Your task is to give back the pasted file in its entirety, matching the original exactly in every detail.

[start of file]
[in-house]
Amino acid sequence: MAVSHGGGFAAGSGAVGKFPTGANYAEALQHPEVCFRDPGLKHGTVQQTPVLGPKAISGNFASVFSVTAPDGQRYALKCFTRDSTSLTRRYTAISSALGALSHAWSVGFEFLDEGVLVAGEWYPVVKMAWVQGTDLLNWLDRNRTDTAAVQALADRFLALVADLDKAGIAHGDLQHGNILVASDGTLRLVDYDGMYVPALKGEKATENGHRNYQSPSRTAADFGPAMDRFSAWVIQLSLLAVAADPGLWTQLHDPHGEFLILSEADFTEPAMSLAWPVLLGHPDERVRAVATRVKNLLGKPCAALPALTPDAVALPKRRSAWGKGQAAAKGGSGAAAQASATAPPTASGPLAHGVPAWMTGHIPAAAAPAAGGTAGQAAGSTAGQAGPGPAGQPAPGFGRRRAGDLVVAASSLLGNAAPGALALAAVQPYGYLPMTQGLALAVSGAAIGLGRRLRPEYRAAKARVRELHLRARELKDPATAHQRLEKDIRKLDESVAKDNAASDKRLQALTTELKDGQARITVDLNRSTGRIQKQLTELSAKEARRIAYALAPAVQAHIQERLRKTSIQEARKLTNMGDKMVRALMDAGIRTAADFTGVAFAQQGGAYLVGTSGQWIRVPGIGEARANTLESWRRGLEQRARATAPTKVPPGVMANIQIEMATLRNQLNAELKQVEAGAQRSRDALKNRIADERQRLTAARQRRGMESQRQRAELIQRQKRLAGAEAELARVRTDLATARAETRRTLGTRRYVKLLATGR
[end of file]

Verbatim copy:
[in-house]
Amino acid sequence: MAVSHGGGFAAGSGAVGKFPTGANYAEALQHPEVCFRDPGLKHGTVQQTPVLGPKAISGNFASVFSVTAPDGQRYALKCFTRDSTSLTRRYTAISSALGALSHAWSVGFEFLDEGVLVAGEWYPVVKMAWVQGTDLLNWLDRNRTDTAAVQALADRFLALVADLDKAGIAHGDLQHGNILVASDGTLRLVDYDGMYVPALKGEKATENGHRNYQSPSRTAADFGPAMDRFSAWVIQLSLLAVAADPGLWTQLHDPHGEFLILSEADFTEPAMSLAWPVLLGHPDERVRAVATRVKNLLGKPCAALPALTPDAVALPKRRSAWGKGQAAAKGGSGAAAQASATAPPTASGPLAHGVPAWMTGHIPAAAAPAAGGTAGQAAGSTAGQAGPGPAGQPAPGFGRRRAGDLVVAASSLLGNAAPGALALAAVQPYGYLPMTQGLALAVSGAAIGLGRRLRPEYRAAKARVRELHLRARELKDPATAHQRLEKDIRKLDESVAKDNAASDKRLQALTTELKDGQARITVDLNRSTGRIQKQLTELSAKEARRIAYALAPAVQAHIQERLRKTSIQEARKLTNMGDKMVRALMDAGIRTAADFTGVAFAQQGGAYLVGTSGQWIRVPGIGEARANTLESWRRGLEQRARATAPTKVPPGVMANIQIEMATLRNQLNAELKQVEAGAQRSRDALKNRIADERQRLTAARQRRGMESQRQRAELIQRQKRLAGAEAELARVRTDLATARAETRRTLGTRRYVKLLATGR